We’re still on our trip through the alphabet with vegetables and now that we’re at “D”, I could only find “dandelion greens” and “daikon radish.” I’m sure there must be more “D’s” but since any more must be very limited in availability I decided to stick with the only one I have any experience with and that’s dandelion greens.
Dandelions are the scourge of lawn purists, yellow heads bobbing up among blades of grass, spreading leaves smothering new growth, seeds hiding in gardens waiting for spring’s warmth to pop up unbidden and nearly un-pullable. Yes, I know the flowers are pretty and I enjoyed blowing the white seed heads just like any other child does. Each one of those spent dandelion flowers probably has hundreds of seeds ready to land somewhere and start growing anew. The taproot grows deeply and stubbornly and once established , the weed (definition of a weed: any plant growing where it oughtn’t ) holds on for dear life to the soil around it. This is why homeowner’s and lawn managers resort to chemicals to prevent or stop the growth of the little devils.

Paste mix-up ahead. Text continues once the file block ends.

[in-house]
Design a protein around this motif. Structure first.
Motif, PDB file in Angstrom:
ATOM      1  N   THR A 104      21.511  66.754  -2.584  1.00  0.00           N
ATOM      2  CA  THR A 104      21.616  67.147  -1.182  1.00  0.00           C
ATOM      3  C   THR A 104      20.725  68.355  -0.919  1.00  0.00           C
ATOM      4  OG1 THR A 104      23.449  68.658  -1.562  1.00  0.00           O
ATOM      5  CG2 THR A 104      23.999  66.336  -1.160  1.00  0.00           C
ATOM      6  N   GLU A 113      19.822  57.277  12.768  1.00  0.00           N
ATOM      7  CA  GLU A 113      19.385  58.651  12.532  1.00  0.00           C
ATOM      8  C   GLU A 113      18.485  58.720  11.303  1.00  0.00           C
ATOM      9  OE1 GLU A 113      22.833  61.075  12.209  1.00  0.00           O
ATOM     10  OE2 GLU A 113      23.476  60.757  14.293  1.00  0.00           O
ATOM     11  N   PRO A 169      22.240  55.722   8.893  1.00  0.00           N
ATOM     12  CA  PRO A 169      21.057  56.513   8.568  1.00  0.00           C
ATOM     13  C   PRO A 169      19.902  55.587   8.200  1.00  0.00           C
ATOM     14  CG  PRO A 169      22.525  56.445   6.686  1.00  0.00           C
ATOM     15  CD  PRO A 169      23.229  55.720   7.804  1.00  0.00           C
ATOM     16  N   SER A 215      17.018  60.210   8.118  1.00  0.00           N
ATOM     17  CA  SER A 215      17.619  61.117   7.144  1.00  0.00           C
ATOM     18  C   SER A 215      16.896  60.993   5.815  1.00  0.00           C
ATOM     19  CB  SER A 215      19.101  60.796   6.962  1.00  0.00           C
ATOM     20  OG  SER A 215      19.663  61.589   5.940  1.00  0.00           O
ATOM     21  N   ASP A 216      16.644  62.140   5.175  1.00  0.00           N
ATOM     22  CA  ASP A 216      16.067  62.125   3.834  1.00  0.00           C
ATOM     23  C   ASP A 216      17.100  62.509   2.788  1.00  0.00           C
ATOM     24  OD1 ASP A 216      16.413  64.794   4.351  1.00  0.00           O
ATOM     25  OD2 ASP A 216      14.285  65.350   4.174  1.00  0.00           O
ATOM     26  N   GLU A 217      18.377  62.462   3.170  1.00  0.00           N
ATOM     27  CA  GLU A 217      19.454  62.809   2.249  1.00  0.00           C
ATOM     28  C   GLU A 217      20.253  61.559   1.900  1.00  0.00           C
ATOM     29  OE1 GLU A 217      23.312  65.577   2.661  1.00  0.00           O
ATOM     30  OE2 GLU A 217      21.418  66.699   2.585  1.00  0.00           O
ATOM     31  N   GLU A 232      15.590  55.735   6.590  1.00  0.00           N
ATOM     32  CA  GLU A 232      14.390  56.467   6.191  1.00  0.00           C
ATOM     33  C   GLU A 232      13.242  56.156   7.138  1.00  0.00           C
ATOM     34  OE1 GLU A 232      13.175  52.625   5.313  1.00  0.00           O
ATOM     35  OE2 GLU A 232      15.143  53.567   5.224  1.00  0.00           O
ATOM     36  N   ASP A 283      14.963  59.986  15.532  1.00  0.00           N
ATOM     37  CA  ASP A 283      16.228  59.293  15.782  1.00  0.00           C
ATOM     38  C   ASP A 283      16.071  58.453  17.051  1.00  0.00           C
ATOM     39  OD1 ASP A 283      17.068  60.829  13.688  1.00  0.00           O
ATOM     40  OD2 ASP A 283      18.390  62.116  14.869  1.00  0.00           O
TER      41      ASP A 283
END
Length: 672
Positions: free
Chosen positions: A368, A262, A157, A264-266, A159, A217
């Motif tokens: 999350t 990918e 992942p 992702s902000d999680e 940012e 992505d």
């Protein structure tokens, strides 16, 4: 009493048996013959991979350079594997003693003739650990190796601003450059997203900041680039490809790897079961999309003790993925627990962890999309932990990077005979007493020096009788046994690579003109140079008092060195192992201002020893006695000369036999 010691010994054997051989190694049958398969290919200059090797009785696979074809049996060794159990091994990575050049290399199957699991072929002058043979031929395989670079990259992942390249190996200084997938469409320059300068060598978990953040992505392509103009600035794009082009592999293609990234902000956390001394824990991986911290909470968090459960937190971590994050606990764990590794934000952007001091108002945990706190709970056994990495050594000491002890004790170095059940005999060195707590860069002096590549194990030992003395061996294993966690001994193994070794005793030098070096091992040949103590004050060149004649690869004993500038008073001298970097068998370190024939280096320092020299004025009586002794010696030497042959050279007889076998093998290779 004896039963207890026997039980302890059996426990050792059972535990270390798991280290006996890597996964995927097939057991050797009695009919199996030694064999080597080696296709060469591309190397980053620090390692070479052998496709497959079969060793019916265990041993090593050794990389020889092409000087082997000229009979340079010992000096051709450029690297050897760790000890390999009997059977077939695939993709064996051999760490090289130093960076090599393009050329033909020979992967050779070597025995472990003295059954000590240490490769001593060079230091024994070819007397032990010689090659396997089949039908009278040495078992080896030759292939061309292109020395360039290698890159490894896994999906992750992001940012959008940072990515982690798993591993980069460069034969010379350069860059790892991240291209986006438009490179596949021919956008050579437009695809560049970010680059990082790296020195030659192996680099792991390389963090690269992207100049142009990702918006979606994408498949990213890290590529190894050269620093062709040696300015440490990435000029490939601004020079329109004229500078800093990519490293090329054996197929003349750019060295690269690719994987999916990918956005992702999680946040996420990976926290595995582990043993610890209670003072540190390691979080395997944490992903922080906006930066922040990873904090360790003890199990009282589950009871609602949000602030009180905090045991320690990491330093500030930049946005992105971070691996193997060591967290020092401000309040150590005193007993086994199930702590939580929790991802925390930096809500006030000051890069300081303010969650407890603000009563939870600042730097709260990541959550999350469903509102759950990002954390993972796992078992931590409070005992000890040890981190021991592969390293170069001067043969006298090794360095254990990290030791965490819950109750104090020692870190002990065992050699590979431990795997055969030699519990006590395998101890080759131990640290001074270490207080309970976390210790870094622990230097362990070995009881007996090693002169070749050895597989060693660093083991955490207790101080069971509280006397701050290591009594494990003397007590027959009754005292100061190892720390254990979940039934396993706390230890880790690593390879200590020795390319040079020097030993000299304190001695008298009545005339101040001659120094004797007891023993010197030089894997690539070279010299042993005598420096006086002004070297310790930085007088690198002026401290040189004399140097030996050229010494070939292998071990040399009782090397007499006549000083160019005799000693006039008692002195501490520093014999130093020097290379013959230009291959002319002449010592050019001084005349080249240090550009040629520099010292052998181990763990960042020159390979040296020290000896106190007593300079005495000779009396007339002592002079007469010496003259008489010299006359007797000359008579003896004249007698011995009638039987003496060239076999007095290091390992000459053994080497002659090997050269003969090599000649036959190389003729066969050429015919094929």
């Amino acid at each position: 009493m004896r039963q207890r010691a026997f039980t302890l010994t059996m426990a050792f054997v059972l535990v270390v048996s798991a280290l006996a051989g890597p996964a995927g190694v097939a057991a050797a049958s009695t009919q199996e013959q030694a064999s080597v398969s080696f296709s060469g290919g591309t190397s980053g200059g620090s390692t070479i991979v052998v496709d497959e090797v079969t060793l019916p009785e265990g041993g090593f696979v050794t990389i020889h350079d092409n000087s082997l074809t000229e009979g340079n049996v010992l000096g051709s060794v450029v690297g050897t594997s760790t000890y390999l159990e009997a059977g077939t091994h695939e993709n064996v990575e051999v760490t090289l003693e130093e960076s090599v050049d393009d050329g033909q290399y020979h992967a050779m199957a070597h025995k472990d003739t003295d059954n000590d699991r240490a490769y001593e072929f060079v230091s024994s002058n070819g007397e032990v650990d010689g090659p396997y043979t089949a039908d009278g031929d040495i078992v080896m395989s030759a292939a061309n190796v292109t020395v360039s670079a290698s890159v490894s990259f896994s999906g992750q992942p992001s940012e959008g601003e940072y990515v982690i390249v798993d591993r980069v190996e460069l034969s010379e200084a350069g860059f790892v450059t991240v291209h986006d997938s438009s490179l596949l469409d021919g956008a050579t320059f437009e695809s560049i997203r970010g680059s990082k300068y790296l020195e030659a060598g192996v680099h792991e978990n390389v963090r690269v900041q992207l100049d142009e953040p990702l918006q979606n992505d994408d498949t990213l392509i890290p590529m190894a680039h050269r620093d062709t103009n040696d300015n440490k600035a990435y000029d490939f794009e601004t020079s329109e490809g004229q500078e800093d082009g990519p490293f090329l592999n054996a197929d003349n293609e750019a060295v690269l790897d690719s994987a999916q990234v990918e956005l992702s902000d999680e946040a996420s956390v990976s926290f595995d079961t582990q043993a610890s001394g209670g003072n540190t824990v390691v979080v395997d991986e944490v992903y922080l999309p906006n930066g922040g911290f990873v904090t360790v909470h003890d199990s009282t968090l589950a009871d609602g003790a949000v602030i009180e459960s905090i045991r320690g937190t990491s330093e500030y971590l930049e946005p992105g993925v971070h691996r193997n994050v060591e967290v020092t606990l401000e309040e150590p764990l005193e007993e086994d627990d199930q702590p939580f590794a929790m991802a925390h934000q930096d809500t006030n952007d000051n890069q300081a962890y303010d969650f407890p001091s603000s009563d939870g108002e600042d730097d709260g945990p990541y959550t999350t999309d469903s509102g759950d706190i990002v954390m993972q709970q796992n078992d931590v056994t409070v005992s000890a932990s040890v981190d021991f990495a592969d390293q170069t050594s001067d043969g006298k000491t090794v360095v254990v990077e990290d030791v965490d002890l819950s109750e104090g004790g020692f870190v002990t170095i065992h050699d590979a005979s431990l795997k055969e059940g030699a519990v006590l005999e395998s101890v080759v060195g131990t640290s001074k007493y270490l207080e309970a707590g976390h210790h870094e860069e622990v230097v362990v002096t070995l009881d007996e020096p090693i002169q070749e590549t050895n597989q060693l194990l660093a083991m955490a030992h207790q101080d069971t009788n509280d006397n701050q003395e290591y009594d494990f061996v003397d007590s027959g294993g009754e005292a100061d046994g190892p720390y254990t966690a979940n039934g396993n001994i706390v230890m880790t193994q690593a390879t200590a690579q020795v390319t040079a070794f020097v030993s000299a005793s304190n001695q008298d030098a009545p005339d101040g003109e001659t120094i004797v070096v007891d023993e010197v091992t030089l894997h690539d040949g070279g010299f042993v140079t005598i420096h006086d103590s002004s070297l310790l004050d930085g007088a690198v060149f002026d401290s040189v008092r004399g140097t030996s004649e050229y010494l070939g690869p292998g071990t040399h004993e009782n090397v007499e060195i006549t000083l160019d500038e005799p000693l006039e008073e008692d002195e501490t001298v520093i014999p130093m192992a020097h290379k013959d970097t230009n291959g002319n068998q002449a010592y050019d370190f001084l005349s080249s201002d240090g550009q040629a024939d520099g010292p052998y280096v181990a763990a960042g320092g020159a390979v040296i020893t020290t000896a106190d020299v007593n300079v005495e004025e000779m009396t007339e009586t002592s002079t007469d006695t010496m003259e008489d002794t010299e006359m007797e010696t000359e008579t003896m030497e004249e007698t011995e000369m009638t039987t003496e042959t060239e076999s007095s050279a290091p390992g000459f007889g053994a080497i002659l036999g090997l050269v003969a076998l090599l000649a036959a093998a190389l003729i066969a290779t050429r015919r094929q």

By the way, what is the origin of the name “dandelion?” It comes from the French words “dent de lion” or “lion’s tooth,” so called for the deeply lobed shape of the leaves.
What about the culinary uses? I’ve heard of dandelion wine but never tasted it. I understand dandelions are used raw in salads, young leaves and flower buds, but I’ve never tasted that either. That leaves me to discuss dandelion greens.
I love cooked greens, collards, kale, mustard, chard. Definitely a comfort food, dandelion greens are required in some homes for a New Year’s Day traditional meal. We often have it then, with pork and cornbread. Here is how I fix a “mess of greens.”
Greens – serves 8
4-5 pounds greens, all one kind or a mixture
a couple of ham hocks
1-2 onions, chopped coarsely
2 quarts water, or more
1-2 t. salt
Hot sauce, optional
Remove the tough stems and ribs from the greens. Wash the greens in cold water, three times, or until water is totally clear of sand and mud.
Chop the leaves in roughly 1/2″ pieces.
Put water, ham, and onion in a large stockpot. Bring it to a boil.
Add the greens a large handful at a time, stirring after each addition. Return pot to a boil.
Reduce the heat to low, cover and simmer the greens for an hour or two. Remove the ham hocks and cut off any meat if you want to add it to the greens.
Serve with the pot “likker” and hot sauce, if desired. Soak it up with cornbread.
Although it’s more of a cold weather dish for me, it’s great any time of the year.